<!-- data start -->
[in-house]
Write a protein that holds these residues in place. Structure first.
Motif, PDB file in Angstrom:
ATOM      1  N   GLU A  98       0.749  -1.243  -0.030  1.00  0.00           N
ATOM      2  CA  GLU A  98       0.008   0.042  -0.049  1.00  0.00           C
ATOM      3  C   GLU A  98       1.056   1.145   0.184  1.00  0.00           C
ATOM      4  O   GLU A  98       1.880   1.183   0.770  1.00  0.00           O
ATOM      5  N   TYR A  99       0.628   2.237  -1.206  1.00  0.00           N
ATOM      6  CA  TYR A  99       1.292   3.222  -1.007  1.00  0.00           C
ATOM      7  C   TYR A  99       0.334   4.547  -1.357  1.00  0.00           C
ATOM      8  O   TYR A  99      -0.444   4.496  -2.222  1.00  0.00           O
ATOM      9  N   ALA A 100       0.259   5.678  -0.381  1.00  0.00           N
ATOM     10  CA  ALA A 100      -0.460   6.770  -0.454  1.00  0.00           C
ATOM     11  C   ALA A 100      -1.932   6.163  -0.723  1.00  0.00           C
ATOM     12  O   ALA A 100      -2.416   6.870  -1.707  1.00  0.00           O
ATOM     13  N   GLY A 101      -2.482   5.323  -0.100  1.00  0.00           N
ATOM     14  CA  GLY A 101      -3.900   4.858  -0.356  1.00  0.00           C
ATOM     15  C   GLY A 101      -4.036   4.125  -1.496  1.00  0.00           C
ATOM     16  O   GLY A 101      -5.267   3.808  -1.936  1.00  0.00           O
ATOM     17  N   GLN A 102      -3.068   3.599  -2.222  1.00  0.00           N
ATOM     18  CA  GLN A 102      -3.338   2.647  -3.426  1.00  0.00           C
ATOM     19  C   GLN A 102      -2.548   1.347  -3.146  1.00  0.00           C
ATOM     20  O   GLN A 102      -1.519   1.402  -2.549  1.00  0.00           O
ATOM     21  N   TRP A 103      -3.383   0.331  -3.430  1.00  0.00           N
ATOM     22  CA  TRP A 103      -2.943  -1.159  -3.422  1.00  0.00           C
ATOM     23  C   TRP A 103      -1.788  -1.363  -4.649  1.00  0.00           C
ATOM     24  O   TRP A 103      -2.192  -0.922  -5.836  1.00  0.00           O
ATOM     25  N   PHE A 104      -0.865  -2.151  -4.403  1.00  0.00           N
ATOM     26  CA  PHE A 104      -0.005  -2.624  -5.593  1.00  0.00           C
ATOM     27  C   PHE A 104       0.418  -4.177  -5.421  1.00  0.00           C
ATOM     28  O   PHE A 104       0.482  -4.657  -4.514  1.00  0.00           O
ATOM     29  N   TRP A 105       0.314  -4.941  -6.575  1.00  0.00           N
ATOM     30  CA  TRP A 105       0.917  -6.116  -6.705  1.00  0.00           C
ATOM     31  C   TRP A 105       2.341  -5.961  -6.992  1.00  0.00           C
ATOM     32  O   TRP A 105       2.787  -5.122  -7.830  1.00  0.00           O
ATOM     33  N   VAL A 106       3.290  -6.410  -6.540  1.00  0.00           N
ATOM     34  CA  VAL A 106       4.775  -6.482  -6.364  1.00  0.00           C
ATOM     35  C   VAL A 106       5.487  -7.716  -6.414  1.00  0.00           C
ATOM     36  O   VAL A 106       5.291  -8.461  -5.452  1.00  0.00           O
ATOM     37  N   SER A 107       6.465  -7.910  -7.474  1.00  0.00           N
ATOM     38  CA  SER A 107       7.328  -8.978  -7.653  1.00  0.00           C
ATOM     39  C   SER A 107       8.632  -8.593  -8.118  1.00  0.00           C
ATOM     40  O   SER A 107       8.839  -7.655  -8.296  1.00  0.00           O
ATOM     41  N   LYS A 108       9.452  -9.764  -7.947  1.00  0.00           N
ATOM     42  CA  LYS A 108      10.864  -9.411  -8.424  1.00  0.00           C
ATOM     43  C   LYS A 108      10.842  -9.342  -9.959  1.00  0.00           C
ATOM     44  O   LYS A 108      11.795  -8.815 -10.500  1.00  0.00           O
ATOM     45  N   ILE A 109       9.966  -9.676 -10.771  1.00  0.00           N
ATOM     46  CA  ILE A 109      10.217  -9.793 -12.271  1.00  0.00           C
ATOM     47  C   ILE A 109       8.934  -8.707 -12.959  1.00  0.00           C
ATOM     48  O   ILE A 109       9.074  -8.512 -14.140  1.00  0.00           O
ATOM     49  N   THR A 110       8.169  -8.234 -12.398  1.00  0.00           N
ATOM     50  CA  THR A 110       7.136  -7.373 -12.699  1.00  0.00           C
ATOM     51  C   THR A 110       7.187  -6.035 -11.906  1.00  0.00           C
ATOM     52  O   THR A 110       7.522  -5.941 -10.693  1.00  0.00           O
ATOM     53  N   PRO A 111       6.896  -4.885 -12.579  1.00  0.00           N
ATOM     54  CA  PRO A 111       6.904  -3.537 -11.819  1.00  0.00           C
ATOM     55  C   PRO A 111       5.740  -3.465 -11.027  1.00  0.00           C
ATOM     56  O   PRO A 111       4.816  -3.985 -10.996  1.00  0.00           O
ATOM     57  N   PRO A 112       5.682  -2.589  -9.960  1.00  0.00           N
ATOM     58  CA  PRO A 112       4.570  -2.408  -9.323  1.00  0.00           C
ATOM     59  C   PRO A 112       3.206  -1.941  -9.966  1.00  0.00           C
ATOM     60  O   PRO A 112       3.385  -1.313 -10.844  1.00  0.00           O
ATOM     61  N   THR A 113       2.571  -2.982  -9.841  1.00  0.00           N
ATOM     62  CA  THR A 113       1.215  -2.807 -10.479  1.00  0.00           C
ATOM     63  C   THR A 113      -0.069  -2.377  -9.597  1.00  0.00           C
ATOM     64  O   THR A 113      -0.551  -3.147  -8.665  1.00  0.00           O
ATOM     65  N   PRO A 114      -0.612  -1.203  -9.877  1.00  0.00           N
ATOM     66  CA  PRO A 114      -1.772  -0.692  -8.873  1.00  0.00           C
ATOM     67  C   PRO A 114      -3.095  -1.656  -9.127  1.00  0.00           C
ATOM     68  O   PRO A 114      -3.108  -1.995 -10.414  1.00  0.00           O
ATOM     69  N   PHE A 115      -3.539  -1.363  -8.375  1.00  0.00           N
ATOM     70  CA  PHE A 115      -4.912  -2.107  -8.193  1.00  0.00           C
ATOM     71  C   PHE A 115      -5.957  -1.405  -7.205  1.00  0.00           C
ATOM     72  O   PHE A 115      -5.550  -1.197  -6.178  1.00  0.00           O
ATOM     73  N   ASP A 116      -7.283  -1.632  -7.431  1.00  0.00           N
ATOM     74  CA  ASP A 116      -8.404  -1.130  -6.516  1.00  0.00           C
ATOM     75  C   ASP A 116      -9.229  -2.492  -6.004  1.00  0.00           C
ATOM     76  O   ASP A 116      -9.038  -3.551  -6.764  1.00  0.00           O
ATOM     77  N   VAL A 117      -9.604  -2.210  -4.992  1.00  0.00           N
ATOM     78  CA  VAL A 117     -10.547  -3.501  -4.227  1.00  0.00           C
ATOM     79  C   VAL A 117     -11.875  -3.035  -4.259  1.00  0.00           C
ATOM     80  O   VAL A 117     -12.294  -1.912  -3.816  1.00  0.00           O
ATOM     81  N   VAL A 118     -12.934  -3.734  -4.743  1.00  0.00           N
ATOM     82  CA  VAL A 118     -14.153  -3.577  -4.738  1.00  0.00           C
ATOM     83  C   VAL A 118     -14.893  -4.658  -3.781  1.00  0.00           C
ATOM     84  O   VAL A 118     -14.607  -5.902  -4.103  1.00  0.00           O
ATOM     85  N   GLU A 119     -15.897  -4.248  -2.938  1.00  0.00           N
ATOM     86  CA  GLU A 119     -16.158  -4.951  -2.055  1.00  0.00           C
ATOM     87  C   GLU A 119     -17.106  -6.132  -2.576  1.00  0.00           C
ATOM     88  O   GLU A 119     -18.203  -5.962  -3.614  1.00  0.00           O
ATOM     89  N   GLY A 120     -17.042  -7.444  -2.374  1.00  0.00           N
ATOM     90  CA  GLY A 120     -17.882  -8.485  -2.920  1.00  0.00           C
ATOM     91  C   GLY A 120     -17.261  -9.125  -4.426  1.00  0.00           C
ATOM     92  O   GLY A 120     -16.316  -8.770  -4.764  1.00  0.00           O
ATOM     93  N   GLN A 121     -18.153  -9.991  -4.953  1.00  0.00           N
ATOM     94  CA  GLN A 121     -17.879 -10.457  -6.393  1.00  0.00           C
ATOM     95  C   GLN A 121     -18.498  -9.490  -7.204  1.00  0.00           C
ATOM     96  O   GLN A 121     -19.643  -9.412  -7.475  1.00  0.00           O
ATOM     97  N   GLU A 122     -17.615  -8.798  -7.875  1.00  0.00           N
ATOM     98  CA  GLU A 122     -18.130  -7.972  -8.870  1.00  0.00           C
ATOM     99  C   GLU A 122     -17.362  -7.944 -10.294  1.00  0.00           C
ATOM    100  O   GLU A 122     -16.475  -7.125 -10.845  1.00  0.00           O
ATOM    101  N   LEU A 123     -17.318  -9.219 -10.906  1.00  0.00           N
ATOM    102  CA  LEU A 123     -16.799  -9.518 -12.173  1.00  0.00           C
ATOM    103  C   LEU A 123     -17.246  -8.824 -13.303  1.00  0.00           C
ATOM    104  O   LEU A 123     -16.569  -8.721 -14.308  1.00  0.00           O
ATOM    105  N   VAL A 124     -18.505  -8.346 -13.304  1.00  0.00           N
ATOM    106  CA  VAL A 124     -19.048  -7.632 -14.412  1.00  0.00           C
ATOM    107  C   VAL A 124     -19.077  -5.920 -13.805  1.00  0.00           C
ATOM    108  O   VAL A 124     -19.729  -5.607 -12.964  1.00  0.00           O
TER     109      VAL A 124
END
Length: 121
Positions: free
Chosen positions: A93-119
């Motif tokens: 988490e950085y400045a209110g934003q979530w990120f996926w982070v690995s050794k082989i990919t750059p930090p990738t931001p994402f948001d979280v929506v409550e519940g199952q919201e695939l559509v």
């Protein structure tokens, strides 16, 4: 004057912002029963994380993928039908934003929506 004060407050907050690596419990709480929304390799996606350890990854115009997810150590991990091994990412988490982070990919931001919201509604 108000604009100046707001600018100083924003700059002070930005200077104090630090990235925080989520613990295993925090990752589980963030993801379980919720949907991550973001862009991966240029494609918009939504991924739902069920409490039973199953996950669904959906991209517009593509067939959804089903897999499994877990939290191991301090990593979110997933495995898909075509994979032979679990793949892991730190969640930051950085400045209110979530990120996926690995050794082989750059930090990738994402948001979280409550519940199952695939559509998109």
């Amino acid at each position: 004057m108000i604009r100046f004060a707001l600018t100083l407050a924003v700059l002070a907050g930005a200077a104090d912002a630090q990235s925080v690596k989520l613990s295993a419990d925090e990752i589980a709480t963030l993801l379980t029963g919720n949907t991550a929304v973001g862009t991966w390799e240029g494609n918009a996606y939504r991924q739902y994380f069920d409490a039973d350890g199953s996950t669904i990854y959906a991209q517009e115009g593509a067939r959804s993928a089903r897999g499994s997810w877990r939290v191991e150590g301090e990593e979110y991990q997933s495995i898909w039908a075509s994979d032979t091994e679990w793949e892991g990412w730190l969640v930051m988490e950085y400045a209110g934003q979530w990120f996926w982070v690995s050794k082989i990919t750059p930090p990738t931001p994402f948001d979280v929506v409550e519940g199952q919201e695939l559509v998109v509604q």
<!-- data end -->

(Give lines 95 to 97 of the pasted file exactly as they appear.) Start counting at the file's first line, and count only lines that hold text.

ATOM     92  O   GLY A 120     -16.316  -8.770  -4.764  1.00  0.00           O
ATOM     93  N   GLN A 121     -18.153  -9.991  -4.953  1.00  0.00           N
ATOM     94  CA  GLN A 121     -17.879 -10.457  -6.393  1.00  0.00           C